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U.S. 45 to get Rockabilly Way designation
by Zack Steen
Jun 17, 2017 | 2800 views | 0 0 comments | 68 68 recommendations | email to a friend | print
A music style rooted deep in northeast Mississippi history will soon have it's own road.

Gov. Phil Bryant recently signed House Bill 907 designating a section of U.S. Highway 45 in Alcorn, Prentiss and Lee counties as Rockabilly Way.

The new name designation will pay tribute to the historic style of music that blends country music and rhythm and blues. It will tie Mississippi to Rockabilly Way in Tennessee. When completed, the section will connect Jackson, Tenn., home of the Rockabilly Museum, to Tupelo, birthplace of popular Rockabilly artist Elvis Presley.

One of the driving forces behind the highway designation is local resident Dale Rushing. He worked with Rep. Randy Boyd of Mantachie to draft the bill earlier this year.

“It feels great to have this step out of the way,” said Rushing. ”Unfortunately there’s still a lot left to do.”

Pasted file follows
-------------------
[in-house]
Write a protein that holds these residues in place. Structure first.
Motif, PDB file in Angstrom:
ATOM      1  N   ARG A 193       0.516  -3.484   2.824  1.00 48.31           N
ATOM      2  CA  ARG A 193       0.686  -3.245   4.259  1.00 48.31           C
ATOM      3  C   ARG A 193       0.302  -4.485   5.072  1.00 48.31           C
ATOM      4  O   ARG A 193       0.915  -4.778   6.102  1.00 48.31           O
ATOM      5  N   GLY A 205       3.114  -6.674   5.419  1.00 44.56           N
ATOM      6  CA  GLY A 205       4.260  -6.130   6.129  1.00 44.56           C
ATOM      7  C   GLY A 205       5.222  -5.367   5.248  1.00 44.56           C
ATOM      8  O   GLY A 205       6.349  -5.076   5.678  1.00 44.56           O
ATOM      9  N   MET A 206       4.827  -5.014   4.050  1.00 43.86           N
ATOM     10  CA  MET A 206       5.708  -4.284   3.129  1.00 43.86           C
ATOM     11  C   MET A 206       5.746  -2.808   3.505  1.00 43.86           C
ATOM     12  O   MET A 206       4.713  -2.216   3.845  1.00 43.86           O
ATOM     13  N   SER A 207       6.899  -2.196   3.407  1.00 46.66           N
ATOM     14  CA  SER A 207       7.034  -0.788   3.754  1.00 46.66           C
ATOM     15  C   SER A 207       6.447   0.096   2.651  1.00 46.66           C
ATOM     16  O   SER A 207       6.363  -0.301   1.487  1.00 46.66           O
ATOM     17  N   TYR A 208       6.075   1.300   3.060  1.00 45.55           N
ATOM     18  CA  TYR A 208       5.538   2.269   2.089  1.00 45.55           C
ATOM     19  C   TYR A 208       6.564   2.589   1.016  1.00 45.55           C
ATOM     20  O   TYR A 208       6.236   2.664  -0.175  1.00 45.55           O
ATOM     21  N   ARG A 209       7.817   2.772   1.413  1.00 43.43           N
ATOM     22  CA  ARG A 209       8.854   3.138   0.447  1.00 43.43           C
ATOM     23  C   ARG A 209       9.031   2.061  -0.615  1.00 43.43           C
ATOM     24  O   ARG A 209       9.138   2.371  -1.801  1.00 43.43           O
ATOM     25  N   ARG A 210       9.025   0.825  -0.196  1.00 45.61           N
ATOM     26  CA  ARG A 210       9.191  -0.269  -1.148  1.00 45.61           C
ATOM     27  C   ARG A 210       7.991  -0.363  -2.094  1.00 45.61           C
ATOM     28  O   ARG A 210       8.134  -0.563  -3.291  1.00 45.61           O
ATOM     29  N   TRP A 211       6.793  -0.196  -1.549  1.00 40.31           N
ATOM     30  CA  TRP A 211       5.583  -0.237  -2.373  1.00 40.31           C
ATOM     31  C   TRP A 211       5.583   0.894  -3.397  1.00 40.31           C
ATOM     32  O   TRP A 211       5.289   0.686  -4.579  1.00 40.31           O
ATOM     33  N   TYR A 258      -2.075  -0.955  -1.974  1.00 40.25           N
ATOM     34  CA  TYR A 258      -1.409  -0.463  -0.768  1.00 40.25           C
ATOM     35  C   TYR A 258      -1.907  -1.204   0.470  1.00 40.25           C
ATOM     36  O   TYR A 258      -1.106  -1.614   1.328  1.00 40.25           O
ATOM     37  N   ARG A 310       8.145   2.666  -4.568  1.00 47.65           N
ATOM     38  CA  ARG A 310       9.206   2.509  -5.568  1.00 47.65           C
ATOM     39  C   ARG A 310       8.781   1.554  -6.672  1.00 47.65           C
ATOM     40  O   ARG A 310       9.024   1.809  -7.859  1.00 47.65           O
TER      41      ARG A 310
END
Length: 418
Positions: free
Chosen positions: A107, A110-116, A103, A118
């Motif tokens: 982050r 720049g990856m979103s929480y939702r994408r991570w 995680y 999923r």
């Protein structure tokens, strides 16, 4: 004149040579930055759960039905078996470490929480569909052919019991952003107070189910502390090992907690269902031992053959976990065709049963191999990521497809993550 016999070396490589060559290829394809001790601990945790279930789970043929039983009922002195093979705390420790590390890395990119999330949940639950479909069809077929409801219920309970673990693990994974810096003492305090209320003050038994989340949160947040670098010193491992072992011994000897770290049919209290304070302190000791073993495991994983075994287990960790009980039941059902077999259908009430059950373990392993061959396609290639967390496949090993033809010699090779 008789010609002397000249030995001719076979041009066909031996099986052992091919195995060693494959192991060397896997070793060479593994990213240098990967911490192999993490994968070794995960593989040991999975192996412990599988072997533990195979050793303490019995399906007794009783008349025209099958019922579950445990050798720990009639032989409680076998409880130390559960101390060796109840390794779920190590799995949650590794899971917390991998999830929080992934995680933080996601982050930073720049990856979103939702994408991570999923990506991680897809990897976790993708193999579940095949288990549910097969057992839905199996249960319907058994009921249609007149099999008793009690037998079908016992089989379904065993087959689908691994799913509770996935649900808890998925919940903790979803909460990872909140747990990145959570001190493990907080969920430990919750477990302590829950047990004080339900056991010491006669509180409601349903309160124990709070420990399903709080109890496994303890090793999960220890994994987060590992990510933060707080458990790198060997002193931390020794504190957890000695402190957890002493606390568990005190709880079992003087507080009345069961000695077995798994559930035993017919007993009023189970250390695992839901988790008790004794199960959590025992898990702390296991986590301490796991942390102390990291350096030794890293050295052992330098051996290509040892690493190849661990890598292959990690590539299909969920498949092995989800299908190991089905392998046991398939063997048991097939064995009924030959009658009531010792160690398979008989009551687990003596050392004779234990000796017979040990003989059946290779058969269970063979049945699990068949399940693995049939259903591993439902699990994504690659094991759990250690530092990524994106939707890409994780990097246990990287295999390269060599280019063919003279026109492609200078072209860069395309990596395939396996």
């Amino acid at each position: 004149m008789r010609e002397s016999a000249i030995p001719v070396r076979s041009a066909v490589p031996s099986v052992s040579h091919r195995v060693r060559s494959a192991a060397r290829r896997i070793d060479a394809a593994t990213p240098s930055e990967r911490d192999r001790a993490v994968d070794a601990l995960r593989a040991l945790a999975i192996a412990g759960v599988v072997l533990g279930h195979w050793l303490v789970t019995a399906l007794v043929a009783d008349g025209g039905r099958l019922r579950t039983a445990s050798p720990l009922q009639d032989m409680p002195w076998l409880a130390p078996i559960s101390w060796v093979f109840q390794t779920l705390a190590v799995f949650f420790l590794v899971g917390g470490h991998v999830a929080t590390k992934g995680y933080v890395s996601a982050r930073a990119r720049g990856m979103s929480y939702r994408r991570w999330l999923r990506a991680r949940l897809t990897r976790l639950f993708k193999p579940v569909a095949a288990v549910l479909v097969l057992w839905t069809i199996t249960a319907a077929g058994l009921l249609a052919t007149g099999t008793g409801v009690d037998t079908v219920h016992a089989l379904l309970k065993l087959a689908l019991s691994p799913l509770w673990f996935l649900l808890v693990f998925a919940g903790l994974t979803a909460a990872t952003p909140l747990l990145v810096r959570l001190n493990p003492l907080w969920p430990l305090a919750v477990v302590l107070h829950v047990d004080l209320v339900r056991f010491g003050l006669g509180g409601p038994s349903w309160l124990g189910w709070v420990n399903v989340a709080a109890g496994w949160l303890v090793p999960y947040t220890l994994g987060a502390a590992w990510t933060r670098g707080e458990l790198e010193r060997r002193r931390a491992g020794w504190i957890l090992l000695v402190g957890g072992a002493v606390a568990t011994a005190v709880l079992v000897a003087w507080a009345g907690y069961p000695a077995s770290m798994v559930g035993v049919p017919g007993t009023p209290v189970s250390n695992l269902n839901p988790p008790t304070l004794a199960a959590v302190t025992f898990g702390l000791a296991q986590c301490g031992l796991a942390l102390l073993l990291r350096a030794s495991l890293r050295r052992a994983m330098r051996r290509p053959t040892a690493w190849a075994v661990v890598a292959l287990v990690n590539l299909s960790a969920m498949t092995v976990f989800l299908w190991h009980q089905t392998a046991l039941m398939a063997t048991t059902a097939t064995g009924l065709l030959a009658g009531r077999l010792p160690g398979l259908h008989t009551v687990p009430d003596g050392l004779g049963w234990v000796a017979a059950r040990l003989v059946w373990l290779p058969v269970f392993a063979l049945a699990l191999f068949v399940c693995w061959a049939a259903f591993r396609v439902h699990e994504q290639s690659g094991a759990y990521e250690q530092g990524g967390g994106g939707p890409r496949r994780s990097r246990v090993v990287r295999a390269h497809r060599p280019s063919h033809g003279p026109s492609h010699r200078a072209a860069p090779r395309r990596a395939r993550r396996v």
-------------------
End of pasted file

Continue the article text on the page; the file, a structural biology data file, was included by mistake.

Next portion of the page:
The bill will become law on July 1, but Rushing said MDOT has yet to schedule sign installation.

“I’m currently working on creating groups of interested people in Alcorn, Prentiss and Lee counties,” said Rushing. “Hopefully we can create a storyline of Rockabilly history for each county and possibly add historical signage along the route.”

Rockabilly music was born in the early 1950s and has roots in Mississippi, Tennessee and Alabama.

Several events happened all along Highway 45 where people would perform, Rushing said.

“They would stop in Corinth, Booneville and Tupelo,” said Rushing. “People don’t realize the caliber of musicians who performed in Corinth at the coliseum and the courthouse throughout the 50s and 60s – many performing Rockabilly music.”

Artists such as Presley, Johnny Cash and Jerry Lee Lewis popularized rockabilly, with some of these artists recording labels in Corinth and Booneville, added Rushing.

Selmer, Tenn., has embraced the Rockabilly Highway concept with signage and downtown murals. There is an annual Rockabilly Festival and the town even has a Rockabilly Cafe.

“They have had success with bringing people from all over to see those murals,” Rushing said. “We would love to do something like that with the highway, where people could stop in Corinth and Booneville and see these beautiful wall murals.”
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